This dissertation is composed of three essays in international economics and finance, which share a common focus on understanding the micro-foundation of capital flows and the subsequent global economic cycle. The first essay shows US equity mutual funds respond significantly to a measure of expected excess return we predict. However, costly deviations from two benchmark portfolios lead to a weaker and more gradual response of portfolio to changes in expected excess returns. Building upon these findings, the second essay documents country shares of zero in international portfolio choice. Here I show the portfolio impulse response of equity mutual funds to an expected excess return shock is higher and more persistent than estimated when ignoring the zeros. The third essay shows that following a downturn of the global financial cycle, the US Treasury premium increases and the US real exchange rate appreciates. Moreover, the more the US Treasury premium increases following the downturn of the global financial cycle, the more the US real exchange rate appreciates.
This thesis explores two crucial elements of the promotion of sustainable development: the provision of access to health and the reduction of gender disparities. The first contribution of this work is the exploration of cultural norms that may reduce gender inequalities. In particular, how religious beliefs can lead to more gender equality and a lower gender gap. This thesis investigates then the impact of major health interventions on socioeconomic outcomes in the context of the HIV/AIDS epidemic. Firstly, this research investigates the role of major health interventions on social violence and conflicts. Adverse health shocks can generate social instability and violence when governments are not able to respond to them. This work shows how health policies, such as the introduction and provision of treatment for HIV, have led to a reduction in social unrest. As a final point, this thesis investigates whether health policies can be used as an effective tool to empower women. Women and men are affected unequally by adverse health events, such as the HIV/AIDS pandemic, which can lead to a rise in the gender gap. This work shows how the availability of HIV medications reversed this trend contributing to women empowerment.
This thesis consists of three independent essays focusing on the fields of labor economics and the economics of education. These essays study the factors and policies that impact how people make education and labor supply decisions. The findings inform public policy related to family policies and social insurance to ensure more equitable outcomes for vulnerable and disadvantaged groups.
Chapter One finds that income risk has a large and negative ex-ante impact on educational attainments among poor, rural households in India dependent on income from rainfed agriculture. It decreases the number of completed years of schooling, increases the share of people with only primary level education, and decreases the share of people with secondary or higher education. In addition, it increases the likelihood that girls’ education gets interrupted leading them to fall behind, and decreases the amount that households spend on girls’ education.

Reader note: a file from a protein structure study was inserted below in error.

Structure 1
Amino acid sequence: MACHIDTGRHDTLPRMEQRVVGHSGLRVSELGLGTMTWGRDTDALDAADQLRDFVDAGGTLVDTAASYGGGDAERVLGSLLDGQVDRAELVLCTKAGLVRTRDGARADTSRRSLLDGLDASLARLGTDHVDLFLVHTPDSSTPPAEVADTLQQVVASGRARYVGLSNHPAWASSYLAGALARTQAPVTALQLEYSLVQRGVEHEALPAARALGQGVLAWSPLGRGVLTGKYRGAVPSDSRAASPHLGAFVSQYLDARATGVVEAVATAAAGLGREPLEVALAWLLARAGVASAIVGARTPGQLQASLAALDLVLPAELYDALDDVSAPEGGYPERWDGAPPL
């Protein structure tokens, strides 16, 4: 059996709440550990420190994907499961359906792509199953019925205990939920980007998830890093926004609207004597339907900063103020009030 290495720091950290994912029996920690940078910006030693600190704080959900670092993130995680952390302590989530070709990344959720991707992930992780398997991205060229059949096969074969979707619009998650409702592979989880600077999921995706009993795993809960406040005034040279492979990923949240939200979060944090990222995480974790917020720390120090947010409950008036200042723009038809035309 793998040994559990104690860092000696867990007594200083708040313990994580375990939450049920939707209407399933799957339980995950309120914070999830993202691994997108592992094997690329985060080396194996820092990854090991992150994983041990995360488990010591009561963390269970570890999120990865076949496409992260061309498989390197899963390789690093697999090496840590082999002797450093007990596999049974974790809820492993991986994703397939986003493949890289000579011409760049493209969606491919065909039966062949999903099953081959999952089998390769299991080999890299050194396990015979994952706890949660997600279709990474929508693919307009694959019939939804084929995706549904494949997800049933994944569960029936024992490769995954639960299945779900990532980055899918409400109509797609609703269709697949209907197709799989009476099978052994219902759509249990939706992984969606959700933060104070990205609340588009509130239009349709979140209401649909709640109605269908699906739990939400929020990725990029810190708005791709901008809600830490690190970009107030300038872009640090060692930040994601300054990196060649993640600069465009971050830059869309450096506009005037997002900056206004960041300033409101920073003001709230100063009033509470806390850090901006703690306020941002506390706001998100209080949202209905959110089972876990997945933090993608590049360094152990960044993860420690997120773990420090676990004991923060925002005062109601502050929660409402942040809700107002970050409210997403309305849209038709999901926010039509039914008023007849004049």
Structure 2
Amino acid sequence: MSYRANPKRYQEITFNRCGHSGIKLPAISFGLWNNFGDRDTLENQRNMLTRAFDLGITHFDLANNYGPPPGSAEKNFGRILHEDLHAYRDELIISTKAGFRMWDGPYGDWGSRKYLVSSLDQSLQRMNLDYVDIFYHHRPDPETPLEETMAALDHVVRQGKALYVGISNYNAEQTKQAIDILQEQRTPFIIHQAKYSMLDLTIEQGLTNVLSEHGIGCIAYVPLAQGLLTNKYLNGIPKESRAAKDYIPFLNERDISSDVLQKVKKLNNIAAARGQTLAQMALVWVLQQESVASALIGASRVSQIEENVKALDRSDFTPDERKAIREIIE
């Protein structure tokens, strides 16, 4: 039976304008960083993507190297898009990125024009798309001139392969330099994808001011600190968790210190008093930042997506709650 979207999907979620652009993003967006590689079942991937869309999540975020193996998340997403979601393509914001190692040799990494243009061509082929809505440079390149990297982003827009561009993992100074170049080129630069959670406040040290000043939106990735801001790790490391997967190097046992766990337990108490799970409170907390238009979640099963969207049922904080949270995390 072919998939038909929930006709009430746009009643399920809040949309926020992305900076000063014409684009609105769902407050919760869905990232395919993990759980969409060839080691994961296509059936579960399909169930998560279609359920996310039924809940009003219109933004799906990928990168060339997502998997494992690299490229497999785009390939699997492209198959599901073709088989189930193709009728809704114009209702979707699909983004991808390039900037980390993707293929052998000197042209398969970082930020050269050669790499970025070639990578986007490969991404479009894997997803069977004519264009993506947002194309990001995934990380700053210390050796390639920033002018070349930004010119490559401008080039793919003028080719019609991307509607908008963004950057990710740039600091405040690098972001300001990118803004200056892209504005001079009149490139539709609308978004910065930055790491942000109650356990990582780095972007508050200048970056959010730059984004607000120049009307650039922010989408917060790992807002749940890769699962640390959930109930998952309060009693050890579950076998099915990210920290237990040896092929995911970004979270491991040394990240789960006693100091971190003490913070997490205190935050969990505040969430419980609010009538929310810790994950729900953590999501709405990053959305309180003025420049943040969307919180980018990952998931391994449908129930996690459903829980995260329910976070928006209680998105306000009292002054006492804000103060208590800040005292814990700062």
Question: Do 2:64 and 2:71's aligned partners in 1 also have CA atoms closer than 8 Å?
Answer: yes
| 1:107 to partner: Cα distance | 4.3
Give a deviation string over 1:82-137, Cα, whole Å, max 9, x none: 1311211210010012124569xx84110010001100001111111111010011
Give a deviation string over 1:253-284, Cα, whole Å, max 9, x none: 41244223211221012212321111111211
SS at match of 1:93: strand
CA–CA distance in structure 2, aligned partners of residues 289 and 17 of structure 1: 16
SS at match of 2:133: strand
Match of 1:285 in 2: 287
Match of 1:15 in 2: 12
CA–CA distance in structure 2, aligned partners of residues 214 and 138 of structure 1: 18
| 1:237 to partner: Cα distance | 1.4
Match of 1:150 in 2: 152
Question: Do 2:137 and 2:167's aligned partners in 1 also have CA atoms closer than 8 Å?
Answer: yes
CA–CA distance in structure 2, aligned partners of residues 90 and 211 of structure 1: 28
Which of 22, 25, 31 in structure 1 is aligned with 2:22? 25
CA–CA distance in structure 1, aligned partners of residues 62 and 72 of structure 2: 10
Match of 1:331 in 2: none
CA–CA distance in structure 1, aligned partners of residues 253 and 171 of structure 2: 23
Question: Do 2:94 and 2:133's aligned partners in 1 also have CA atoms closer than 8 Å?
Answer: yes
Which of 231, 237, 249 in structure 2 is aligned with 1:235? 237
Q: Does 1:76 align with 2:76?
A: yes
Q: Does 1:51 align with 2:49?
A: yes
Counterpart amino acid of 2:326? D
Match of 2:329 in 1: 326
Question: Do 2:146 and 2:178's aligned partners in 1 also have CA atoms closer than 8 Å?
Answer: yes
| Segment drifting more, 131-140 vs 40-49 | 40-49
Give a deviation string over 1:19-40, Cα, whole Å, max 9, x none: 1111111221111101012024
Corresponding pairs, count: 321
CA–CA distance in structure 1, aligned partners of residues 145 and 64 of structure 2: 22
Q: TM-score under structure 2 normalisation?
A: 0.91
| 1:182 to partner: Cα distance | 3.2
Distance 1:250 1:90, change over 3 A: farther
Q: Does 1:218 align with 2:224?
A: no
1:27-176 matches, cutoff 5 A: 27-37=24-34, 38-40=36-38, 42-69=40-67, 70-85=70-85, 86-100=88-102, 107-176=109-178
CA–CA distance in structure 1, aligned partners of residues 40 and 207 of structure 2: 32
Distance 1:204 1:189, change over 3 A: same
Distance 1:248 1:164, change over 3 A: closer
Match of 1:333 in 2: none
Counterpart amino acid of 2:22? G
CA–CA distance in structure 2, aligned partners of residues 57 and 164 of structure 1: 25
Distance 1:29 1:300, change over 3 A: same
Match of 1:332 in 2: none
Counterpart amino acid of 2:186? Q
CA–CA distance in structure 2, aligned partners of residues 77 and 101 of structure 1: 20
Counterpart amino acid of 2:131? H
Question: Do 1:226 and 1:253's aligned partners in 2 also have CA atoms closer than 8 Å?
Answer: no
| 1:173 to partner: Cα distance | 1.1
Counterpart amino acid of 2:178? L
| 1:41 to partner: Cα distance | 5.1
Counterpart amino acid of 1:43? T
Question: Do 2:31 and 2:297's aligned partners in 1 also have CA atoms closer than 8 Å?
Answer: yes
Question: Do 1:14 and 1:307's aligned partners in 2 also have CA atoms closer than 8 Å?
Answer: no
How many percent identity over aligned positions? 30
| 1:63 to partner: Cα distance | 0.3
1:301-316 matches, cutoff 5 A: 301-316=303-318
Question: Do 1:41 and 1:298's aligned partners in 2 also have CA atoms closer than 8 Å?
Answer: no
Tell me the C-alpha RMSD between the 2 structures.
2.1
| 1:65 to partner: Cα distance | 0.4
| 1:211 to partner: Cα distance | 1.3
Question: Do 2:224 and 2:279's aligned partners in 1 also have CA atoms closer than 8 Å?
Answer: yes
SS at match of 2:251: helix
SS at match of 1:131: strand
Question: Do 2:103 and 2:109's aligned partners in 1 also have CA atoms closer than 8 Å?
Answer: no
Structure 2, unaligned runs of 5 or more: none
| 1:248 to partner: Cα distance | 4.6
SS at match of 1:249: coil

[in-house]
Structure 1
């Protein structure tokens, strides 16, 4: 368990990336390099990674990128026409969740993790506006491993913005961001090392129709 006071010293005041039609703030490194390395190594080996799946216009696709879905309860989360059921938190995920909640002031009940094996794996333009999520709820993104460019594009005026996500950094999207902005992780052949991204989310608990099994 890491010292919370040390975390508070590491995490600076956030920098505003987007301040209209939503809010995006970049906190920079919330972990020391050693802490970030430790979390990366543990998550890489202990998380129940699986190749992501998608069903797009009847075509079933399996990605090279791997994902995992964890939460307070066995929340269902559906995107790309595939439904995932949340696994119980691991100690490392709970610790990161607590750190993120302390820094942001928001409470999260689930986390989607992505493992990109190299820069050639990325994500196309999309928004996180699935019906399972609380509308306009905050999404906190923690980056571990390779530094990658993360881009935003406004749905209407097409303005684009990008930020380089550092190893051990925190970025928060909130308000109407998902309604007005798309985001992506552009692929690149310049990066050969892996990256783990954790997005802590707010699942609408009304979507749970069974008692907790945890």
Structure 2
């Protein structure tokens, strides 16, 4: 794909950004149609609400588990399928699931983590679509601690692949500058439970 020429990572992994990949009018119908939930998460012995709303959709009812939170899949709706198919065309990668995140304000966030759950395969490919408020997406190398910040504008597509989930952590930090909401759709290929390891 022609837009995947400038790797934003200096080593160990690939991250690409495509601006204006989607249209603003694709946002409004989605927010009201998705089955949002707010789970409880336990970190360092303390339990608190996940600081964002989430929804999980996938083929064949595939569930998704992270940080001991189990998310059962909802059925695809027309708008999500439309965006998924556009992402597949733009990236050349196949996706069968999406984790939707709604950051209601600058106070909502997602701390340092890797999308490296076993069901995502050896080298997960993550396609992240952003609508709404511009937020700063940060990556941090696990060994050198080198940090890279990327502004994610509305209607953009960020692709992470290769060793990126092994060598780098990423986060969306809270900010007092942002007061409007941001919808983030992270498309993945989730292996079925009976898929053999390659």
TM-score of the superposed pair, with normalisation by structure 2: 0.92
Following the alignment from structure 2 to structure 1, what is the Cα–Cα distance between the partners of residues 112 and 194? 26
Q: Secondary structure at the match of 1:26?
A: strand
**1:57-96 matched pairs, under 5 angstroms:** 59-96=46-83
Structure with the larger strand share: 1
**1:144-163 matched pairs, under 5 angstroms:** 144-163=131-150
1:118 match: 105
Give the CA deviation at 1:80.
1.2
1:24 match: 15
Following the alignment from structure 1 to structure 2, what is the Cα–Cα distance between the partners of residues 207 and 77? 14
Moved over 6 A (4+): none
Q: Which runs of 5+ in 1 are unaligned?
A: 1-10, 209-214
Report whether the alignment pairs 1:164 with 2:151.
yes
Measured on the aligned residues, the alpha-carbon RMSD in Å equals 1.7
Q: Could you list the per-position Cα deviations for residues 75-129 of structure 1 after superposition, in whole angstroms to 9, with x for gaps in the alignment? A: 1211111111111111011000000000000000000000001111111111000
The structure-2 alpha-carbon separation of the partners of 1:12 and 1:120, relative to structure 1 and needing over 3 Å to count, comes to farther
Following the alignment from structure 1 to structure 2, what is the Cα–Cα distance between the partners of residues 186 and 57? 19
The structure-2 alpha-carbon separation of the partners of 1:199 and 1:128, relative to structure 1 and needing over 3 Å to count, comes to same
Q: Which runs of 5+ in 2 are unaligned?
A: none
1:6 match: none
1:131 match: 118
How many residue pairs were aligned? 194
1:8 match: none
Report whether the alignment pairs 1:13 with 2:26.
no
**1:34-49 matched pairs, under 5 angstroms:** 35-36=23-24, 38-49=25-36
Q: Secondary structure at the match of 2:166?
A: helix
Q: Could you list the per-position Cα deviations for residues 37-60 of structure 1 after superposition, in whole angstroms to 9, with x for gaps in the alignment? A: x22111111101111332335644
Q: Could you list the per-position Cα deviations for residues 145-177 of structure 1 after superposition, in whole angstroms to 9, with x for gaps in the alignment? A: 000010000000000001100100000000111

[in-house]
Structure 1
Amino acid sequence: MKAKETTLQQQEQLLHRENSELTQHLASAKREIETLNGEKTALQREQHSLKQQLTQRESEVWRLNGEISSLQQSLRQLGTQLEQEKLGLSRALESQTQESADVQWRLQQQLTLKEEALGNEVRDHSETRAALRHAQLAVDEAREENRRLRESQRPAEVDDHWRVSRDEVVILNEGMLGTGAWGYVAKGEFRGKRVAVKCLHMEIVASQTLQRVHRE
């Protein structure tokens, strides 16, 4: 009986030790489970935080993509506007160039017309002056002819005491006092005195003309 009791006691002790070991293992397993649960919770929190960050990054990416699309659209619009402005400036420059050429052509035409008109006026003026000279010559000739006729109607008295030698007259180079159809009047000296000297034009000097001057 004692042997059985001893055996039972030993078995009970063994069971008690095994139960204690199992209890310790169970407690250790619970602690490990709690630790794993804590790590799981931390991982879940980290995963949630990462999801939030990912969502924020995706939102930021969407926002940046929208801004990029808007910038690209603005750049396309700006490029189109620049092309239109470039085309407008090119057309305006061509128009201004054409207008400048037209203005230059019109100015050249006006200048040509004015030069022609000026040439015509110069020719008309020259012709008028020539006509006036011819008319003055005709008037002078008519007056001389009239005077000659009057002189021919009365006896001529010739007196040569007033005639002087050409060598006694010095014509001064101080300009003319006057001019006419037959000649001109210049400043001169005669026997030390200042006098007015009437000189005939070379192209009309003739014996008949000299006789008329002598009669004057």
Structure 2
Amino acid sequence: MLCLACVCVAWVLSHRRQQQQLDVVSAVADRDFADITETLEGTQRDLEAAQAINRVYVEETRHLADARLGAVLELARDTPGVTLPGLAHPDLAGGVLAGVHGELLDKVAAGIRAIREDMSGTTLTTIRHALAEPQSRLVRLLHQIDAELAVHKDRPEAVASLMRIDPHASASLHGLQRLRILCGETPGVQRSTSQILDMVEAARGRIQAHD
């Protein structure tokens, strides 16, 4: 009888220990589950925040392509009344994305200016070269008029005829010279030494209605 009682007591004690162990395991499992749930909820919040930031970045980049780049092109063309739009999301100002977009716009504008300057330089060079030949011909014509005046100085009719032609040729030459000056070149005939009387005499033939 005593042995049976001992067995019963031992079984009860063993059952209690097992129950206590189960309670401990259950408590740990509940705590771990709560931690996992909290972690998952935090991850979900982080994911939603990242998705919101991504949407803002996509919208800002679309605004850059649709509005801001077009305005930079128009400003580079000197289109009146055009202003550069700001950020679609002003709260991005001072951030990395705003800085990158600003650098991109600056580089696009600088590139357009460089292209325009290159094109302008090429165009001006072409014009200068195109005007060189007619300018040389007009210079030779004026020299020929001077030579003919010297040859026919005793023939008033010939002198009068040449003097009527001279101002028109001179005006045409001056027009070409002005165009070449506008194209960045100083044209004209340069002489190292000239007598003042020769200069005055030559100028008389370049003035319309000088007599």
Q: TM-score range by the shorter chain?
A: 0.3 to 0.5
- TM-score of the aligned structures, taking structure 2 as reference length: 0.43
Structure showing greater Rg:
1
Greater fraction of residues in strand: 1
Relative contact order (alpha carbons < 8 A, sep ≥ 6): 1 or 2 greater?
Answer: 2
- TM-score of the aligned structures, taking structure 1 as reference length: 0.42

The second and third chapters relate to family policies, female labor supply, fertility, and gender gaps. The second chapter reveals that introducing a new national mandate providing paid maternity leave only had small and temporary effects on the labor market outcomes of first-time mothers but did raise the share of women having a second child by three percentage points. The third and final chapter shows that the same mandate had an overall negative impact on first-time mothers, decreasing employment and earnings. In addition, it increased slightly the gender gap in total employment but decreased substantially the gap in earnings and wages among those with an older child.
This thesis is composed of three essays that employ theoretical approaches to model certain market situations in the field of behavioral economics and industrial organization. Chapter 1 studies the role of overconfidence in tournaments where players choose effort provision as well as risk exposure, and shows that, against the common idea, overconfidence can raise effort provision and leads to lower risk-taking. Chapter 2 explores the speed of copycat entry in vertically differentiated markets in which consumers differ in their willingness to pay. This paper identifies welfare-reducing incentives to enter the market which lead to an extended monopoly situation despite costless entry. Chapter 3 analyses the welfare implications of switching from a commission-based to a fee-based remuneration model in markets where consumers rely on expert advice. This study identifies a mechanism through which the number of consumers buying in equilibrium decreases and provokes the question of whether a paradigm shift away from compensation through commissions towards transactional fees is worth the drawbacks.
This thesis examines some of the economic consequences of public service and taxation decentralization, both on sub-central governments' policies and on citizens' decisions. More specifically, interest lies in understanding how inter-jurisdictional redistribution policies affect local taxes, to which extent delegation of fiscal authority is effectively implemented, and how jurisdictional fiscal fragmentation affects residential location choices within urban areas. The different chapters overall seek to contribute to the body of research studying how taxes affect the spatial allocation of fiscal resources and to the literature investigating how the mobility of tax bases influences governments' tax-setting behavior. The thesis provides theoretical and empirical insights on questions that help understand how taxes, decentralization and tax-base mobility interact in modern fiscal federations.